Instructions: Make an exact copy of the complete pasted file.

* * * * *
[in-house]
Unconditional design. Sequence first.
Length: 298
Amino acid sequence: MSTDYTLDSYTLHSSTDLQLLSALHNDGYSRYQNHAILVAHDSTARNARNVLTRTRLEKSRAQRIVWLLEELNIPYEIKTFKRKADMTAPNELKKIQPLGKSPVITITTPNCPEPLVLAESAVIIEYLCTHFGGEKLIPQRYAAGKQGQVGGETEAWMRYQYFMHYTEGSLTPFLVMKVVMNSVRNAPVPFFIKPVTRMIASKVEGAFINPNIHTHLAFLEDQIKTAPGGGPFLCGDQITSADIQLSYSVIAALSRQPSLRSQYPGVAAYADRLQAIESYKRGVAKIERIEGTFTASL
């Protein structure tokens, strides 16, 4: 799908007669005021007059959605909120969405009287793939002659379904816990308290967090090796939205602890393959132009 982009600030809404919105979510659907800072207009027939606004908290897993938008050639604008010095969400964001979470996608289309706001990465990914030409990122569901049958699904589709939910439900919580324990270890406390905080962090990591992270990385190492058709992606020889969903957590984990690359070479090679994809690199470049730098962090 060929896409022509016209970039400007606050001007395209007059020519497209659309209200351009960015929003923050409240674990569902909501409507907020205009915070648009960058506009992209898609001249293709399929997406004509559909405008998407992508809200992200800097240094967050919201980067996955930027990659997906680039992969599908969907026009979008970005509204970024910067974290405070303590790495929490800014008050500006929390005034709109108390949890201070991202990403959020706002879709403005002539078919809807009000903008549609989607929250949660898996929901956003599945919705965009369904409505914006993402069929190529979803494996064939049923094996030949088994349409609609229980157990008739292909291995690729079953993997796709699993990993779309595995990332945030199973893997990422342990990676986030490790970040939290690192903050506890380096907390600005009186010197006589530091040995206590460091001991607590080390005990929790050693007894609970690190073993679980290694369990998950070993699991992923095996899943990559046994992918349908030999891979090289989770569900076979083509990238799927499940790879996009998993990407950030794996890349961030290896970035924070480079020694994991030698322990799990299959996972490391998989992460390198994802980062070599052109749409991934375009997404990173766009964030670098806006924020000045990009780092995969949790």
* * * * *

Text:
[in-house]
Unconditional design. Sequence first.
Length: 298
Amino acid sequence: MSTDYTLDSYTLHSSTDLQLLSALHNDGYSRYQNHAILVAHDSTARNARNVLTRTRLEKSRAQRIVWLLEELNIPYEIKTFKRKADMTAPNELKKIQPLGKSPVITITTPNCPEPLVLAESAVIIEYLCTHFGGEKLIPQRYAAGKQGQVGGETEAWMRYQYFMHYTEGSLTPFLVMKVVMNSVRNAPVPFFIKPVTRMIASKVEGAFINPNIHTHLAFLEDQIKTAPGGGPFLCGDQITSADIQLSYSVIAALSRQPSLRSQYPGVAAYADRLQAIESYKRGVAKIERIEGTFTASL
């Protein structure tokens, strides 16, 4: 799908007669005021007059959605909120969405009287793939002659379904816990308290967090090796939205602890393959132009 982009600030809404919105979510659907800072207009027939606004908290897993938008050639604008010095969400964001979470996608289309706001990465990914030409990122569901049958699904589709939910439900919580324990270890406390905080962090990591992270990385190492058709992606020889969903957590984990690359070479090679994809690199470049730098962090 060929896409022509016209970039400007606050001007395209007059020519497209659309209200351009960015929003923050409240674990569902909501409507907020205009915070648009960058506009992209898609001249293709399929997406004509559909405008998407992508809200992200800097240094967050919201980067996955930027990659997906680039992969599908969907026009979008970005509204970024910067974290405070303590790495929490800014008050500006929390005034709109108390949890201070991202990403959020706002879709403005002539078919809807009000903008549609989607929250949660898996929901956003599945919705965009369904409505914006993402069929190529979803494996064939049923094996030949088994349409609609229980157990008739292909291995690729079953993997796709699993990993779309595995990332945030199973893997990422342990990676986030490790970040939290690192903050506890380096907390600005009186010197006589530091040995206590460091001991607590080390005990929790050693007894609970690190073993679980290694369990998950070993699991992923095996899943990559046994992918349908030999891979090289989770569900076979083509990238799927499940790879996009998993990407950030794996890349961030290896970035924070480079020694994991030698322990799990299959996972490391998989992460390198994802980062070599052109749409991934375009997404990173766009964030670098806006924020000045990009780092995969949790």